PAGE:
Common Core Standards: Math
4. Use measures of center and measures of variability for numerical data from random samples to draw informal comparative inferences about two populations.
Students know that random sampling is the bee's knees, the cat's pajamas (and its meow), and totally necessary for drawing valid conclusions about a population. It's not enough to just take a sample and describe a population, though.
Seventh graders are competitive. They don't just want to know their grades; they want to know if they're better than their rival, Johnny Poindexter. Who's the better dodge ball player? And they just know that their dad could beat Johnny's dad in a bear-wrestling contest. In short, seventh graders want to make comparisons between one thing and another, and statistics is no different.
For this standard, students need to pull out their whole bag of tricks—mean, median, range, interquartile range, and mean absolute deviation—on two sets of samples at once. As long as both samples are random samples, they can use those numbers to draw some conclusions. Sorry, but Johnny has the higher grade point average and more points per game. Unfortunately, the bears were the only winners in the wrestling contest, so that one's a draw.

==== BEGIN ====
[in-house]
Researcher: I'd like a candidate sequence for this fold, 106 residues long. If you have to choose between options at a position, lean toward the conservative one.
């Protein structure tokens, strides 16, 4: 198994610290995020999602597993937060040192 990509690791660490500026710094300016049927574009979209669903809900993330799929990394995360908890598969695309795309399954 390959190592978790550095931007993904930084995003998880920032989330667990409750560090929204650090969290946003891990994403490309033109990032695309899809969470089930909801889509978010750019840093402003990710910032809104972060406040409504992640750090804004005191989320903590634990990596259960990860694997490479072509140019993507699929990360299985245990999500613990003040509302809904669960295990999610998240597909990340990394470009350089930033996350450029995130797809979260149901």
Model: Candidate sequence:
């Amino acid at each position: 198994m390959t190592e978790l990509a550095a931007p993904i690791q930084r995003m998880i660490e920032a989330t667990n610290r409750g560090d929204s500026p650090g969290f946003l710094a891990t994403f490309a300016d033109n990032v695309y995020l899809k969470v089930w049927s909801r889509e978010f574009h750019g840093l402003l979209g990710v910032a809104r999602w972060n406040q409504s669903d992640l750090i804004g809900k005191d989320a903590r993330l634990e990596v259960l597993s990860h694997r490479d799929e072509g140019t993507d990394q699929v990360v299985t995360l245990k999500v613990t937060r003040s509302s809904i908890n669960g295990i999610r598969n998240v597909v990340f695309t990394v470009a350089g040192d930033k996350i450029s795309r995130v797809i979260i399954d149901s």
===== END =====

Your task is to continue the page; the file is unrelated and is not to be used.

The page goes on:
In later statistics class, students will learn about "statistically significant" results. Well, they don't need to worry about that right now. They're drawing informal conclusions here, so just noticing that there is a difference between the groups is good enough. However, always be sure to pull things around to asking what the real-world significance of a result is. If Johnny's grade is 0.00001 points higher than yours, he doesn't really get any bragging rights.
This standard goes together with 7.SP.3 like peanut butter and jelly. That one has students looking at and comparing the graphs of two distributions, while this one brings in all the crunchy numbers for them to draw conclusions with. It's like the standards come to us with the crusts already cut off. Lucky us.